Wednesday, May 18, 2011

Jen's Willow Cowl

Look what Jen made from Sante Fe, more often encountered as a beautifully soft sock. The colourway is 1335, also known as "vintage" , and I just love it. I have to admit that I am a weak woman. When Jen showed me her almost completed and gorgeous cowl, she had hardly walked out of the shop with the yarn she needed before I had cast on a sock in the same yarn. I will probably need a cowl too ;).

We will not talk about the 3 pairs of work in progress socks that I currently have lurking about somewhere. I am blaming them on the sock knitting class we held in...ulp, March!. How did it turn into May already?

You can see more about Jen's cowl here if you are a Ravelry member.

The pattern is Willow Cowl by Amelia Lyon, which is a free pattern downloadable on Ravelry.

Friday, May 6, 2011

Crofter Scarf

I am very fond of the wearability of the Sirdar Crofter range. I have just finished making 3 rib scarves for my children from the Chunky weight, and no one has even mentioned the dreaded "itchy" that lurks menacingly behind any project knitted for direct application to the skin.


Here is the first version, in colour 59, Rambler Rose. I actually made this scarf to co-ordinate with the Hat for Camp that Rocks.

This started a chain of family requests.
The next one is much shorter, and in the manly shade of number 61, Misty Moor.


Naturally, I then needed to make a third scarf, this time in the lovely greens and purples of colour number 50, Bracken.


These were really quick scarves that I was able to knit as a handbag project-a portable size, and the sort of knitting you can pick up or put down at any stage.
Now I am almost ready for something more complicated.

Thursday, April 7, 2011

Moss stitch Infinity Scarf

I am hooked on moebis scarves/cowls. This version, for my daughter, is knit in moss stitch, from two yarns held together, Jo Sharp Rare Comfort Kid Mohair (Char), and Silk Road DK Tweed (Peppercorn).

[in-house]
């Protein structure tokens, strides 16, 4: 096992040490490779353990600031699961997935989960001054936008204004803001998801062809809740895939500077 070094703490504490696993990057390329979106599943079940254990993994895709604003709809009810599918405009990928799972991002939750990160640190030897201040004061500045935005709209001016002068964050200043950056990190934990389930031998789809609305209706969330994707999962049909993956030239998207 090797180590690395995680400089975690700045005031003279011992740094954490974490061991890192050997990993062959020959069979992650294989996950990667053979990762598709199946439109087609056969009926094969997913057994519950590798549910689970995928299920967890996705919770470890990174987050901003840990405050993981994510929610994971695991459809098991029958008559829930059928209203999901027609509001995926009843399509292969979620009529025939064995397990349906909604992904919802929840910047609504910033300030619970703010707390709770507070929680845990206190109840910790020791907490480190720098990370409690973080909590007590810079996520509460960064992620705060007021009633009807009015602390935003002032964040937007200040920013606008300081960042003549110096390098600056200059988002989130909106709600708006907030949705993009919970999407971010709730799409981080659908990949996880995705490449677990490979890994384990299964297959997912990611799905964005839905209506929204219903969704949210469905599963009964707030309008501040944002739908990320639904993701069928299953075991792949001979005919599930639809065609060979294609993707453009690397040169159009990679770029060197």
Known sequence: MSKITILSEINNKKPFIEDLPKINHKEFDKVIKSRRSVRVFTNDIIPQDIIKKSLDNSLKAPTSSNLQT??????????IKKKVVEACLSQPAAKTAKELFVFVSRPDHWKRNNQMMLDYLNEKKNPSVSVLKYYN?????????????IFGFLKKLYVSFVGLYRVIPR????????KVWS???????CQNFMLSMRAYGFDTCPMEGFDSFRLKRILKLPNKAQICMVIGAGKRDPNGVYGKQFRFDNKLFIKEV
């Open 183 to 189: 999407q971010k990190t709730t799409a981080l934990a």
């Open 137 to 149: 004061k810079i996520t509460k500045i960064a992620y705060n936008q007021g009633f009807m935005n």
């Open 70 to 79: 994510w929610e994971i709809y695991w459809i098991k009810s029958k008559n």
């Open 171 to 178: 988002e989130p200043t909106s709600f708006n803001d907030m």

I love the texture of these two yarns together, they make a beautifully soft and snuggly fabric. The lighter Peppercorn yarn shows more in the purl stitches, giving the scarf textural interest, even though the colours are subdued.
You can wear the scarf long or doubled.
I will be knitting more of these.

Monday, February 28, 2011

Cotton bolero version 2

You may remember that I tried to knit my niece a white cotton bolero for her Christmas present.
That one ended up far too large, and was gleefully claimed by my daughter.
Just after Christmas, the cousins visited each other at their Nana's place. My niece greatly admired the bolero, in complete ignorance that she was the original intended recipient. Obviously it was my duty to try again, this time for her birthday.
I made it two sizes smaller. I am pretty sure that it will fit this time. I have posted it off to Melbourne for the last of the warm weather.

It was even quicker the second time. I am waiting to see if the other nieces fancy it too.

Friday, February 25, 2011

Rib infinity scarf/cowl

The infinity scarf I made for my sister was very successful, so I thought I would try making up a different one, in rib.
stitchblissSAM_3210_plus_logo_TC (5)

stitchblissSAM_3210_plus_logo_TC (2)

For this scarf, I used exactly 2 balls of 50g (95m approx) 8ply wool. However, as I wanted to emphasise the infinity twist of the pattern, I used a complimentary shade of yarn for the last 5 rows of the pattern.

stitchblissSAM_3210_plus_logo_TC (10)

They yarns I used are Heirloom Heatherwood 8ply wool shade 586 and Jo Sharp Classic Double Knit Wool shade 008, Aubergine/ I really like the texture of both these yarns. I may need to knit a version in the opposite colour proportions.